Engine knock: BBI mixed oil and water
By Barrack Muluka
| May 22nd 2021
Building Bridges Initiative has suffered an engine knock. They mixed oil and water in the engine, owing to hubris, ignorance and sycophancy.
Italian philosopher Nicolo Machiavelli observed more than half a millennium ago, “There are three kinds of intelligence: one kind understands things for itself, the other appreciates what others can understand, the third understands neither for itself nor through others. This first kind is excellent, the second good, and the third kind useless.”
I have been struggling to understand which of these three kinds of wisdom has driven the BBI process this far.
Outrightly dismissed was the intelligence that others understand. For when the owners of the process were asked to slow down a little, to include a bit of external wisdom in the cargo, they were urgently dismissive.
“Nobody can stop reggae,” they said, “Let us meet at the debe.” Never mind that they were also often reminded that there might be no debe to meet at.
Does it now increasingly look like there is no debe?
But, perhaps, the BBI owners understood the wisdom of those around them, and their own excellent wisdom? What shall we say of that kind of wisdom? Machiavelli again, “The first method for estimating the intelligence of a ruler is to look at the men he has around him.” To this we may add, “And the product of that wisdom.”
In the case of BBI the product of the wisdom, this far, is failure.
I choose to travel with Machiavelli today because this government strives to be Machiavellian, without understanding Machiavelli.
It has not understood the need for wise counsellors, even when they only echo the voice of the boss. Our council of the wise is bovine.
In its own confession, it is four-legged. It may, therefore, wake up one morning to bleat, “Two legs bad, four legs good.” Yet, in the evening, it will cheerfully be migrated to, “Four legs good, two legs better.”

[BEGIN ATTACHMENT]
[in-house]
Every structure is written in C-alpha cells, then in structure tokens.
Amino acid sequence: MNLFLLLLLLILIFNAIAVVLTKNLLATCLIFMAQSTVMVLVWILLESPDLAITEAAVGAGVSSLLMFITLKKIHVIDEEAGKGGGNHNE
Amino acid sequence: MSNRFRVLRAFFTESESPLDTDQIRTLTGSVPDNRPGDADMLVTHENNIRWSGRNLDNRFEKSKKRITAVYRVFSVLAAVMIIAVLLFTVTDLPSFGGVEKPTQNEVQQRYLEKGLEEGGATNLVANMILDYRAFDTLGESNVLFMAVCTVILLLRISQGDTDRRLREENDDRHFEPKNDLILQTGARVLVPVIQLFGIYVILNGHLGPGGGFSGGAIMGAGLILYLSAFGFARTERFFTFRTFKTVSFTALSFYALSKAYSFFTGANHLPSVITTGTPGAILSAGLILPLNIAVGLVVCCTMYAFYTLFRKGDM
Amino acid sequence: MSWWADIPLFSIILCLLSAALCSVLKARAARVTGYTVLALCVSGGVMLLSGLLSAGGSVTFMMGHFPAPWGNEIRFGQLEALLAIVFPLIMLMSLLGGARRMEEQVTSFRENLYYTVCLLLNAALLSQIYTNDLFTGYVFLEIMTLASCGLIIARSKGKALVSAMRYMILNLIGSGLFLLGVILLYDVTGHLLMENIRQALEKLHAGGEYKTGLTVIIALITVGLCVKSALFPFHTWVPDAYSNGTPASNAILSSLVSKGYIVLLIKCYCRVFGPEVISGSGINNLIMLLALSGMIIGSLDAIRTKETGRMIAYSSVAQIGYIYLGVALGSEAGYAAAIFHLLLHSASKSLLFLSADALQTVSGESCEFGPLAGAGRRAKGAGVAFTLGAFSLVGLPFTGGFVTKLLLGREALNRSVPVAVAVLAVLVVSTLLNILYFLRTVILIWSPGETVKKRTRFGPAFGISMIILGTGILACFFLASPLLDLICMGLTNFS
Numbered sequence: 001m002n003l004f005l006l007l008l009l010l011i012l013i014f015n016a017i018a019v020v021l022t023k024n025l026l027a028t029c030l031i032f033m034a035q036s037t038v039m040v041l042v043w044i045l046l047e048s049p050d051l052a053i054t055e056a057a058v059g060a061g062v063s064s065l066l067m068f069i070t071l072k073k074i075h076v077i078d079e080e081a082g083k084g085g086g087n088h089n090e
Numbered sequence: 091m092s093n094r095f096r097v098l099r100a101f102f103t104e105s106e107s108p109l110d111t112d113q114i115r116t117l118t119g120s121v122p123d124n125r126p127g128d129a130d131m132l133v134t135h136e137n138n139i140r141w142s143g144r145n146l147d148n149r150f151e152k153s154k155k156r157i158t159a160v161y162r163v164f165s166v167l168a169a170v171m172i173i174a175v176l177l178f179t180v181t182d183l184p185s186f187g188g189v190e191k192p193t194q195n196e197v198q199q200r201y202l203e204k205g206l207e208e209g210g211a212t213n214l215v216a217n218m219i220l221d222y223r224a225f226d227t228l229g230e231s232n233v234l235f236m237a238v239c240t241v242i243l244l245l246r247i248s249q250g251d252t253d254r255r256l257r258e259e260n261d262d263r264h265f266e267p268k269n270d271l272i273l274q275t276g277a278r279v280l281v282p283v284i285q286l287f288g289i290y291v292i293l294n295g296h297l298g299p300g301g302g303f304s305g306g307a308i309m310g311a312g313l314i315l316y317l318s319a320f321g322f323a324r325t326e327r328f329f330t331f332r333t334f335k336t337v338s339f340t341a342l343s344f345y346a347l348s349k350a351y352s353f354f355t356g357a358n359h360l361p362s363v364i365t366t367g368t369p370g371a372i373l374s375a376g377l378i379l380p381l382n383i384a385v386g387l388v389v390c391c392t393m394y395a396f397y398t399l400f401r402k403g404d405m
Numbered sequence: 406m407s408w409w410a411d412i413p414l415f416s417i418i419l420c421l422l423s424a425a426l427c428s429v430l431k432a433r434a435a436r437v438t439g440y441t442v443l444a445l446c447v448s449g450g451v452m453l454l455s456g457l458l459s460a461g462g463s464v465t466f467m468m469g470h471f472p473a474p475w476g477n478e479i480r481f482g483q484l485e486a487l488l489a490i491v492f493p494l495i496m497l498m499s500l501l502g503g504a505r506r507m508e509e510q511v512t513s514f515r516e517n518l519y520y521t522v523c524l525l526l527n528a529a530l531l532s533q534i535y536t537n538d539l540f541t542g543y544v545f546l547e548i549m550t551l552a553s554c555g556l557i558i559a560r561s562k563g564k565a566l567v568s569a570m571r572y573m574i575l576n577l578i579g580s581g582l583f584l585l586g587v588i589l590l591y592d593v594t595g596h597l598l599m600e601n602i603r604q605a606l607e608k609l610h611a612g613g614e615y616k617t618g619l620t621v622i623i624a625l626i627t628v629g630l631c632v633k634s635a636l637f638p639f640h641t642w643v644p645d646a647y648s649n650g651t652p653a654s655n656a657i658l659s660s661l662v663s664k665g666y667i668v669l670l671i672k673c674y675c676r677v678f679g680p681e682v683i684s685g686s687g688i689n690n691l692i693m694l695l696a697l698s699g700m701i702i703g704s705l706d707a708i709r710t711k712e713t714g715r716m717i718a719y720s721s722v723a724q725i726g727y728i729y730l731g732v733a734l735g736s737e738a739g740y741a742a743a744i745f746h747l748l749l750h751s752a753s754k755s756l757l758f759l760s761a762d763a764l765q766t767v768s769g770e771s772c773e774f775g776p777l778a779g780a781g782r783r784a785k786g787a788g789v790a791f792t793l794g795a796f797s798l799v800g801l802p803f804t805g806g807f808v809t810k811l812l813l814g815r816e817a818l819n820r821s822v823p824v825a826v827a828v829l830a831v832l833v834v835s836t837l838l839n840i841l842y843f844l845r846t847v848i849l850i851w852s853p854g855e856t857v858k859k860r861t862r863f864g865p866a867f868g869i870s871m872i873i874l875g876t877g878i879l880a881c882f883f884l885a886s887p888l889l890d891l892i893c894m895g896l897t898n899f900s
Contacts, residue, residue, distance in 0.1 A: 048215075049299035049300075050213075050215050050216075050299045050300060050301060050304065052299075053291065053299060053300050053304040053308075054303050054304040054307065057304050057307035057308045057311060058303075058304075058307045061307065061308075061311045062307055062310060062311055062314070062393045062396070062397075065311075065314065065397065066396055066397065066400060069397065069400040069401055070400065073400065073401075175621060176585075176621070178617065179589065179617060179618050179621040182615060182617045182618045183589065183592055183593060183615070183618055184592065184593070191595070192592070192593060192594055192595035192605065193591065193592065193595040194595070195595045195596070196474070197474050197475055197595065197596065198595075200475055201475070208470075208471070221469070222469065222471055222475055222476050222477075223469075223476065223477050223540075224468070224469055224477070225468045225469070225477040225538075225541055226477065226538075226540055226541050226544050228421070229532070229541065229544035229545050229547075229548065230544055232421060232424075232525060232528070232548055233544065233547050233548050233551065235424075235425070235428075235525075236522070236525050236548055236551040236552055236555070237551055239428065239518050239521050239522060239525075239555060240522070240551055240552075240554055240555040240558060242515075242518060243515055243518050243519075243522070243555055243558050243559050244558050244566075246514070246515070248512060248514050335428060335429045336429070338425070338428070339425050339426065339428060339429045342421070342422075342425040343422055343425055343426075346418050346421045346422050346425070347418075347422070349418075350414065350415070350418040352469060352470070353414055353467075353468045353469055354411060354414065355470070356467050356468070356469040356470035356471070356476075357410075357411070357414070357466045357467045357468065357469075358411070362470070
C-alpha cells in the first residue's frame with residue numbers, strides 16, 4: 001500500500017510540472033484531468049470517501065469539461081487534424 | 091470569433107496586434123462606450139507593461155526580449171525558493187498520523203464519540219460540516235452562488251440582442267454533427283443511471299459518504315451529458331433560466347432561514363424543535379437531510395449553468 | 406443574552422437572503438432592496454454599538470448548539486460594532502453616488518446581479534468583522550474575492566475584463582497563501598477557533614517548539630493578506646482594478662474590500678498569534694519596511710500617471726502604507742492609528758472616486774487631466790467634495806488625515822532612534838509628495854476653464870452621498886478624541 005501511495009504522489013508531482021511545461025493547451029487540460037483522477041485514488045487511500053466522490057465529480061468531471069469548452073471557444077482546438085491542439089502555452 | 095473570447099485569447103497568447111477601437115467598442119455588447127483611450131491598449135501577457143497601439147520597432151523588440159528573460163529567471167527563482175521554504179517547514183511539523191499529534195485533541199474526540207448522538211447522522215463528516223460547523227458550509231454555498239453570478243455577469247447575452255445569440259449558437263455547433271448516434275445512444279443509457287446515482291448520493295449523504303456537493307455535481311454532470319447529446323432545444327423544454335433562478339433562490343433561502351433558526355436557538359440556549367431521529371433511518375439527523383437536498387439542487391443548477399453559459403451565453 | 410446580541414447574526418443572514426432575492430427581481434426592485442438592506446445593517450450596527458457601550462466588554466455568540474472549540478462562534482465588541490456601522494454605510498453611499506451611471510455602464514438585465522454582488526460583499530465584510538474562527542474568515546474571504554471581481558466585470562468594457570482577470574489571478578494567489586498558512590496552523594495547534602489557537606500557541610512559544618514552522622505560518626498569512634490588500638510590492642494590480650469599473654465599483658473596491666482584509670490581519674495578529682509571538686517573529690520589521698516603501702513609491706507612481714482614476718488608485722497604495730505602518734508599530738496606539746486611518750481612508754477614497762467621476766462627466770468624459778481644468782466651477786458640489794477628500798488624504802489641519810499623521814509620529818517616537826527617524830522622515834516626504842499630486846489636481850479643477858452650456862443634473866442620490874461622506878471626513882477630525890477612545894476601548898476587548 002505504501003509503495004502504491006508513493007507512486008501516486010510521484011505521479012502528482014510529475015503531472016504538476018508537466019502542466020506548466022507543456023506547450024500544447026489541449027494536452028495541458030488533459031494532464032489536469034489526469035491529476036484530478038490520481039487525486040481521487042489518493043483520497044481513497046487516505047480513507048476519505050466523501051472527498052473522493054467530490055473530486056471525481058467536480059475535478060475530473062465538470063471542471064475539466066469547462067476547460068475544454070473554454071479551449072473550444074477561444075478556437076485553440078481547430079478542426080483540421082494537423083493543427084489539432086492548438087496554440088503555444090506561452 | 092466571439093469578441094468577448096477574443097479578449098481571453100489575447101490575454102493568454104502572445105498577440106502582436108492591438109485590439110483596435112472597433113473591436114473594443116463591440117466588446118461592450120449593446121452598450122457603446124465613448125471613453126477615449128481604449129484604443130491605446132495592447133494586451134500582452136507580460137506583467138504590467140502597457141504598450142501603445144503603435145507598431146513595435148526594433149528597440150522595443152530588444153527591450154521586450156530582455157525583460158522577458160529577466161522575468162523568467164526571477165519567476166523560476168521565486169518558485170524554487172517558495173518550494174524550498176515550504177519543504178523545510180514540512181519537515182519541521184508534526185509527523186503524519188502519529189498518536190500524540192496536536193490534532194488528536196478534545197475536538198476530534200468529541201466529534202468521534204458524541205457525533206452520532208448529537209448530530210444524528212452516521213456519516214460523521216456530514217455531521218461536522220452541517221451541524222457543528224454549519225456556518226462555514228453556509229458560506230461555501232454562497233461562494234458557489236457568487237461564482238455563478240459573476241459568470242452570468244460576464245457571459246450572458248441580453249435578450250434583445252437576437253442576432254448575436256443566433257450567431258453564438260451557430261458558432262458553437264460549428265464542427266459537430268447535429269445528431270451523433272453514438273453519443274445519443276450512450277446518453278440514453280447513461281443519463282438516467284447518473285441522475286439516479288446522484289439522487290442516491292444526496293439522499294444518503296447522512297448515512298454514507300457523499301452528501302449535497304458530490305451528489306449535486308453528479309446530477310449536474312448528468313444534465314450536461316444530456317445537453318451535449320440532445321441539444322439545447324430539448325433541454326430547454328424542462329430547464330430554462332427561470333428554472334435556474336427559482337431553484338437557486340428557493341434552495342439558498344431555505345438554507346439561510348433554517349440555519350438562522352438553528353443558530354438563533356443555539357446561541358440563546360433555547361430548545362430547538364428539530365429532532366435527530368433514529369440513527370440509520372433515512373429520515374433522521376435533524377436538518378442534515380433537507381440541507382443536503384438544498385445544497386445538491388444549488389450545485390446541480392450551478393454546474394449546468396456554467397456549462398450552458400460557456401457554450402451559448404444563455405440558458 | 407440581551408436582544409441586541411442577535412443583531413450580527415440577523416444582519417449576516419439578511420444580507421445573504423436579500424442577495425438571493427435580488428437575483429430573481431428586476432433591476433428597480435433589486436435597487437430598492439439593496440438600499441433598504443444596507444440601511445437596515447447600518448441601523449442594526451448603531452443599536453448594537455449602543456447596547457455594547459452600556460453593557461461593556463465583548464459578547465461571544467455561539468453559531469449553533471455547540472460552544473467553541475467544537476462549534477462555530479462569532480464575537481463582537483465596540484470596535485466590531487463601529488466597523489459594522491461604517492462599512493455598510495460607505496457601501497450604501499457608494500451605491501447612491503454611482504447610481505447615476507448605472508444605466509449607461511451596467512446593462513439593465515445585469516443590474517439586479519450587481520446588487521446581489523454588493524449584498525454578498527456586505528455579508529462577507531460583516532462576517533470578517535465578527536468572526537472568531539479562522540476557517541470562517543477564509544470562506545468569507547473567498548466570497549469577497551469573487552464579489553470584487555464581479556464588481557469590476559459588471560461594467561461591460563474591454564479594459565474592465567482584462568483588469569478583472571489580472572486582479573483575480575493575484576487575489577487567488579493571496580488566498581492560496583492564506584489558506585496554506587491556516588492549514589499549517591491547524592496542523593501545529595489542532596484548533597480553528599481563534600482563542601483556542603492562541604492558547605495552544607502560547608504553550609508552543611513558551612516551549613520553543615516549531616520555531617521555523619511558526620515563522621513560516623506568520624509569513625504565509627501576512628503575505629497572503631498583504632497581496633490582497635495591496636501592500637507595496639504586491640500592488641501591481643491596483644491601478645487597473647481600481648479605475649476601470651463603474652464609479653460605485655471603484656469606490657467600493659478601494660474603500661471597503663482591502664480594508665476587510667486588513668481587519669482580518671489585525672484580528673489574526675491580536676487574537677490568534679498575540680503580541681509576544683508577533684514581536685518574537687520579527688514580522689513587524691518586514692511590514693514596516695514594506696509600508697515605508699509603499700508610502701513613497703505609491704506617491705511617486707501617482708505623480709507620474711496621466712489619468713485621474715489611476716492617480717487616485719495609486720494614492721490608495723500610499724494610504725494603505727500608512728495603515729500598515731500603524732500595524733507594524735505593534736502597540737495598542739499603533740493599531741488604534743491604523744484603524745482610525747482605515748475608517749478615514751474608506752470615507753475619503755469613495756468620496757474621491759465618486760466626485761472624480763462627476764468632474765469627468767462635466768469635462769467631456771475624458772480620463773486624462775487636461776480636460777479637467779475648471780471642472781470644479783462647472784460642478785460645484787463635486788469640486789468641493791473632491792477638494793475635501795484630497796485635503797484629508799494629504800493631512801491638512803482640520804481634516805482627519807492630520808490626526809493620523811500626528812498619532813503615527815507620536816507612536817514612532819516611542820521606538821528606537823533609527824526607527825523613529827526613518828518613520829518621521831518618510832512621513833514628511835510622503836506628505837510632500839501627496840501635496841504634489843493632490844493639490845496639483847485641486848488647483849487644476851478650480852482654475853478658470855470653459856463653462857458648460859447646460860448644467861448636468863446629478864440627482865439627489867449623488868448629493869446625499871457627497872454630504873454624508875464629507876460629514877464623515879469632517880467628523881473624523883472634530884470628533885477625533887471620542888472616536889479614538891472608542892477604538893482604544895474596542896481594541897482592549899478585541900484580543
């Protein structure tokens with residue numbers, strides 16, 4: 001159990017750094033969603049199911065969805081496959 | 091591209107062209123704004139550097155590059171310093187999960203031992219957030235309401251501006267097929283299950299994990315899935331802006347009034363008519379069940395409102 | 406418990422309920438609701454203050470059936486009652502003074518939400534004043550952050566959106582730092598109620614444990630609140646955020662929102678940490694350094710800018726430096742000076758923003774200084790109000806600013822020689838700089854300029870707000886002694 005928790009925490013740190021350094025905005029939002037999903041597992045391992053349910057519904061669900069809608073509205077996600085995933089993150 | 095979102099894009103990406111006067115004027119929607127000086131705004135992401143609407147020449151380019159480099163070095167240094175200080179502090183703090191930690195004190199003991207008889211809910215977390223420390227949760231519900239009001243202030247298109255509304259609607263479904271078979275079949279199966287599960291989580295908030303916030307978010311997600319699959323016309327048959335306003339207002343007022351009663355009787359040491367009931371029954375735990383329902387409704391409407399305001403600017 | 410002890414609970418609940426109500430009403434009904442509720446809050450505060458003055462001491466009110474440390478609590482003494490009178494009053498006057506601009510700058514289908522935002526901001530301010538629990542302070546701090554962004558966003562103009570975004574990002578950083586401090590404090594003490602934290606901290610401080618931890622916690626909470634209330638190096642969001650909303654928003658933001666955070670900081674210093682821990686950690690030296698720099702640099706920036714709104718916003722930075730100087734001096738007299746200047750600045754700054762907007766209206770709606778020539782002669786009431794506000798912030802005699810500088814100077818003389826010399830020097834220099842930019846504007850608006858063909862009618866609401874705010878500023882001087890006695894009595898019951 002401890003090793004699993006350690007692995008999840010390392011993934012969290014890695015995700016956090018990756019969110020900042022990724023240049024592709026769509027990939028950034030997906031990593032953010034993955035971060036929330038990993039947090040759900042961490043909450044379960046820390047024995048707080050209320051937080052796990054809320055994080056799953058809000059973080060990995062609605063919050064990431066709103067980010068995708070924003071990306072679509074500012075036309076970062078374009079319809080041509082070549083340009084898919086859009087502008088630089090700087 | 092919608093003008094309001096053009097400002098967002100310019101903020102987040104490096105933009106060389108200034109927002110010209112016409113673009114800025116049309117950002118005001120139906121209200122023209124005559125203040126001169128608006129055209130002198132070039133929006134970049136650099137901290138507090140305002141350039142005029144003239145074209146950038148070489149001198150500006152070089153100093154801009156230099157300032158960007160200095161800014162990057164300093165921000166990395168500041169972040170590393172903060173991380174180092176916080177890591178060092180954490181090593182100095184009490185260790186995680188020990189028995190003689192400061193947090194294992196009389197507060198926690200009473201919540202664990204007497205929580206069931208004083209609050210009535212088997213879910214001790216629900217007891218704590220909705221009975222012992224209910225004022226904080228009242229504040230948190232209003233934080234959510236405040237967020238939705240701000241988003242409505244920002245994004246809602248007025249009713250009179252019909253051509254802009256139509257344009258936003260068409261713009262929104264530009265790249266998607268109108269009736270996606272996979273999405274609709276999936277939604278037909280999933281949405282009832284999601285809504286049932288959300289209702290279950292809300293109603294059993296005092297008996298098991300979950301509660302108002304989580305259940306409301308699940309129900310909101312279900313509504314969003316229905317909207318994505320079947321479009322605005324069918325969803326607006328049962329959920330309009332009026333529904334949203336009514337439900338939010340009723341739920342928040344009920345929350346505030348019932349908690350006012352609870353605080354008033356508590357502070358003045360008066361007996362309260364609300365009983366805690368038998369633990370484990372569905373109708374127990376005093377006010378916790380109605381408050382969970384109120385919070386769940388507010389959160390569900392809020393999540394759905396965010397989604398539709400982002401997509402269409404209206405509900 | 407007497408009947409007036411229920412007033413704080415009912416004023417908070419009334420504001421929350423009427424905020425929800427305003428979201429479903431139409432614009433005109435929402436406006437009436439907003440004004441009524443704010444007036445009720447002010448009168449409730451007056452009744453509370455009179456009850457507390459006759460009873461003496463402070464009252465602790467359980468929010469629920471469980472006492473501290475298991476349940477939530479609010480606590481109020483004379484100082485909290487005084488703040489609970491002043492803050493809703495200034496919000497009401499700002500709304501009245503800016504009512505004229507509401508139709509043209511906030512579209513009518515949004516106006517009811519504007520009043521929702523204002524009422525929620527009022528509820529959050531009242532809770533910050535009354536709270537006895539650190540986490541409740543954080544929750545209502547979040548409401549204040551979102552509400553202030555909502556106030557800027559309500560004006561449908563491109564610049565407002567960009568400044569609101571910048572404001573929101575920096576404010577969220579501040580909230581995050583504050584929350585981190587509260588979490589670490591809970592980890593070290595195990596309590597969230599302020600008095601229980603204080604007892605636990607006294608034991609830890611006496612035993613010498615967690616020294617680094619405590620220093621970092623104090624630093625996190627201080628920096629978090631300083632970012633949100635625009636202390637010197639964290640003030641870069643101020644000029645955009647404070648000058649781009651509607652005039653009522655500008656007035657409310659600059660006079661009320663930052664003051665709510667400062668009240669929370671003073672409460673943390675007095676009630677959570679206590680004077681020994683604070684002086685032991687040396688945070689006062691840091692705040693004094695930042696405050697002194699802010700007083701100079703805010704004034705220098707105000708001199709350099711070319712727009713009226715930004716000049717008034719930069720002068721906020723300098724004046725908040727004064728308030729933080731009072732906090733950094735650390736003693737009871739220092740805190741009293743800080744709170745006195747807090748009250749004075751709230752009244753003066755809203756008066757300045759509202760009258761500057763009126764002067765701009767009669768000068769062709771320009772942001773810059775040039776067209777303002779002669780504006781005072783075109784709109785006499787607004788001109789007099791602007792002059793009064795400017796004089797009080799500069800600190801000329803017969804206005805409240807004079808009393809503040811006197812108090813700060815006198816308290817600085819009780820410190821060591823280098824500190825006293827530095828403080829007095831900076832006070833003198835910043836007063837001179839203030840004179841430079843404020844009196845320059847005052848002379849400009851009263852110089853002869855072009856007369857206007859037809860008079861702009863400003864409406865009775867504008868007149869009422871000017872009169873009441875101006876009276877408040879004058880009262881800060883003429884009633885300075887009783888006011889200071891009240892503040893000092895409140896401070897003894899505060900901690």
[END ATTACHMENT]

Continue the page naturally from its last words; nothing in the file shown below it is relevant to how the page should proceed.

I have seen in the daily press that the owners of BBI are wrestling with the possibility of changing their strategy.
The first thing they need to do is to summarily dismiss the informal government around them.
They should at once discharge the domesticated cloven-hoofed herbivores that advise them. They need individuals who can look them straight in the eye and tell them the truth.
And the truth is that while the government often attempts to operate like a criminal enterprise, the law exists to protect the people from this enterprise.
A responsible Judiciary understands that the greatest threat to everybody is the government – simply put, the Executive.
And the Executive should never control legislation. That is why Rousseau says in chapter seven of The Social Contract, “He who rules men ought not to control legislation, he who controls legislation ought not to rule men; otherwise his laws, being ministers of his passions, would often serve only his acts of injustice. He would never be able to prevent private interests from corrupting the sacredness of his work.”
This is where we are. The court has told us that Article 257 of the Constitution of Kenya (2010) gives authority to the ordinary people to initiate change in the supreme law, to serve their perceived best interests.
The ruler, by virtue of being the ruler, is removed from the category of the people. But if he wants to become part of the people, then he must first relinquish his role as the ruler. If he is at once the ruler and the people, he offends the law.
The law is especially offended when the ruler, while disguised as the people, signs off edicts in the name of the ruler.
That is why in the case of BBI, the person called Uhuru Muigai Kenyatta must be distinguished from H.E. President Uhuru Kenyatta.
To combine the two is to mix oil and water in the engine. It will lead to a knock. That is why BBI is in the ICU. I put it to hubris (kiburi), ignorance and sycophancy.
Dr Muluka is a politics and international relations strategist
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